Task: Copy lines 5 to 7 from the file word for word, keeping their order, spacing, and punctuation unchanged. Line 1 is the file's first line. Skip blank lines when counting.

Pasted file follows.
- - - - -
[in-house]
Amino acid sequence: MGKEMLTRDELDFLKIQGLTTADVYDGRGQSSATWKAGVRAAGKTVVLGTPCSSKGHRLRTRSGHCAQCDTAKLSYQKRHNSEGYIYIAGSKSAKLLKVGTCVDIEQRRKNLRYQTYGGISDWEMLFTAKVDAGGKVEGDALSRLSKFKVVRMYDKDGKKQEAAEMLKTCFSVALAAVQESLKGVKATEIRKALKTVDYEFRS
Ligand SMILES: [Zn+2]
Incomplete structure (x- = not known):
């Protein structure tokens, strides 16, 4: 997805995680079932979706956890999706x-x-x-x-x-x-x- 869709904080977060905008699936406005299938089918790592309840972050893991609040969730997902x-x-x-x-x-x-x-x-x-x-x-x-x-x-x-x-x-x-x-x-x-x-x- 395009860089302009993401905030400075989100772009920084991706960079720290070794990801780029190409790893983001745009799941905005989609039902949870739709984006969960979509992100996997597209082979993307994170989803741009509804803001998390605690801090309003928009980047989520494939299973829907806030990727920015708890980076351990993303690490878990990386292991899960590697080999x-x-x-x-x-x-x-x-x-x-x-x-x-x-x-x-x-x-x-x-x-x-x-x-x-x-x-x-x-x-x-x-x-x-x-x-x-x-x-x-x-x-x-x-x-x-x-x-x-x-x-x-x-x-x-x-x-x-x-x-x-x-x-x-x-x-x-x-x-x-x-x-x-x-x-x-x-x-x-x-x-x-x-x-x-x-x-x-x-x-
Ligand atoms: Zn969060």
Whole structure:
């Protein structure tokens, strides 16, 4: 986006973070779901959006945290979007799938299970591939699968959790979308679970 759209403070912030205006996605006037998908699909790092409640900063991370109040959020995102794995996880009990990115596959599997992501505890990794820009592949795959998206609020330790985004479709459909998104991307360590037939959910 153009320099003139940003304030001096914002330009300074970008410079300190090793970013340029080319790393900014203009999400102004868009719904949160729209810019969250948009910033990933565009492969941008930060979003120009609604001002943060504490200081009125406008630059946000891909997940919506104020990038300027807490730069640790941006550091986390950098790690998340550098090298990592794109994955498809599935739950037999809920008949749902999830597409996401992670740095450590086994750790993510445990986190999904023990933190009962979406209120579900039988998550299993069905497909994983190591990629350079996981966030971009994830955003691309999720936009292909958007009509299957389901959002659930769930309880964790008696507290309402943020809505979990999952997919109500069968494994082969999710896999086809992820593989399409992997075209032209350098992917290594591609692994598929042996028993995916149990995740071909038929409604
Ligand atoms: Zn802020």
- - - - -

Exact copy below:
């Protein structure tokens, strides 16, 4: 997805995680079932979706956890999706x-x-x-x-x-x-x- 869709904080977060905008699936406005299938089918790592309840972050893991609040969730997902x-x-x-x-x-x-x-x-x-x-x-x-x-x-x-x-x-x-x-x-x-x-x- 395009860089302009993401905030400075989100772009920084991706960079720290070794990801780029190409790893983001745009799941905005989609039902949870739709984006969960979509992100996997597209082979993307994170989803741009509804803001998390605690801090309003928009980047989520494939299973829907806030990727920015708890980076351990993303690490878990990386292991899960590697080999x-x-x-x-x-x-x-x-x-x-x-x-x-x-x-x-x-x-x-x-x-x-x-x-x-x-x-x-x-x-x-x-x-x-x-x-x-x-x-x-x-x-x-x-x-x-x-x-x-x-x-x-x-x-x-x-x-x-x-x-x-x-x-x-x-x-x-x-x-x-x-x-x-x-x-x-x-x-x-x-x-x-x-x-x-x-x-x-x-x-
Ligand atoms: Zn969060």
Whole structure: